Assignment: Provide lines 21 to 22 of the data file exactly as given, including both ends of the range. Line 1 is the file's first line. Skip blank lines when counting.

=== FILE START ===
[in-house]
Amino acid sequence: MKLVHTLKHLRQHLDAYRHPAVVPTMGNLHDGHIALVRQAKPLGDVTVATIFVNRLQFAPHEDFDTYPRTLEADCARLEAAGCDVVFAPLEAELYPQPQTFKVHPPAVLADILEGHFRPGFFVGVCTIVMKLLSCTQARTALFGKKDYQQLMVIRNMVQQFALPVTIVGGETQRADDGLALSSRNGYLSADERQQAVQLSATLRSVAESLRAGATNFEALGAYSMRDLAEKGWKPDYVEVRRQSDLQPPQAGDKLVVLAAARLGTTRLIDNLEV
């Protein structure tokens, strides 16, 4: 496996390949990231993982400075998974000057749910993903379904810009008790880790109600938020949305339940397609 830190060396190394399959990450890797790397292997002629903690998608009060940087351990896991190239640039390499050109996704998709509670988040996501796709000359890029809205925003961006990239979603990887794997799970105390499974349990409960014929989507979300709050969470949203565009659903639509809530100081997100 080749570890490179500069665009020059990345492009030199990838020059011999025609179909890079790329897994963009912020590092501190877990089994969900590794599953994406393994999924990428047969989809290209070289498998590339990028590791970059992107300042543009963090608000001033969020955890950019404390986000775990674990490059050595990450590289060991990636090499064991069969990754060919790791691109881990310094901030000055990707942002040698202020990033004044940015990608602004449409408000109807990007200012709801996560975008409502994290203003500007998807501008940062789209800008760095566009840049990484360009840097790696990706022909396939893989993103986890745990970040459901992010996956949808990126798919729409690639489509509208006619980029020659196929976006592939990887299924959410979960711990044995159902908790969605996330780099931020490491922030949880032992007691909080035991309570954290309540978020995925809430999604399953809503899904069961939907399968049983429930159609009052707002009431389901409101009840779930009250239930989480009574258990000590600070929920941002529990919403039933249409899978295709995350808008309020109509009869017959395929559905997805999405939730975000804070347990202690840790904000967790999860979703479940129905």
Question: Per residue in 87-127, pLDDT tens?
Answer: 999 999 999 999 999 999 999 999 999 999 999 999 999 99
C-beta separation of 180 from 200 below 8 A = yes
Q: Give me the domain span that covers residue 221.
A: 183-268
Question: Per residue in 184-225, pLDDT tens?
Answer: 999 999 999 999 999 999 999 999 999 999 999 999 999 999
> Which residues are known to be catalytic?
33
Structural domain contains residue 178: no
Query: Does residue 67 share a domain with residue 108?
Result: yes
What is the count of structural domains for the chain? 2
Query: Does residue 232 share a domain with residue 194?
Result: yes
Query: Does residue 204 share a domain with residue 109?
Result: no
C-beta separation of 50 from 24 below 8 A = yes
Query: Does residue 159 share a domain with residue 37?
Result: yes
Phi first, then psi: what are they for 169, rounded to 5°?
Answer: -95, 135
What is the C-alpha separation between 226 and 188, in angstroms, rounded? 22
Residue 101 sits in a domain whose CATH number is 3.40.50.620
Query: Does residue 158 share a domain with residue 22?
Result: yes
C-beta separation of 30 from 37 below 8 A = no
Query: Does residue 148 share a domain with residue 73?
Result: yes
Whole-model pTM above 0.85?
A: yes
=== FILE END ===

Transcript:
C-beta separation of 50 from 24 below 8 A = yes
Query: Does residue 159 share a domain with residue 37?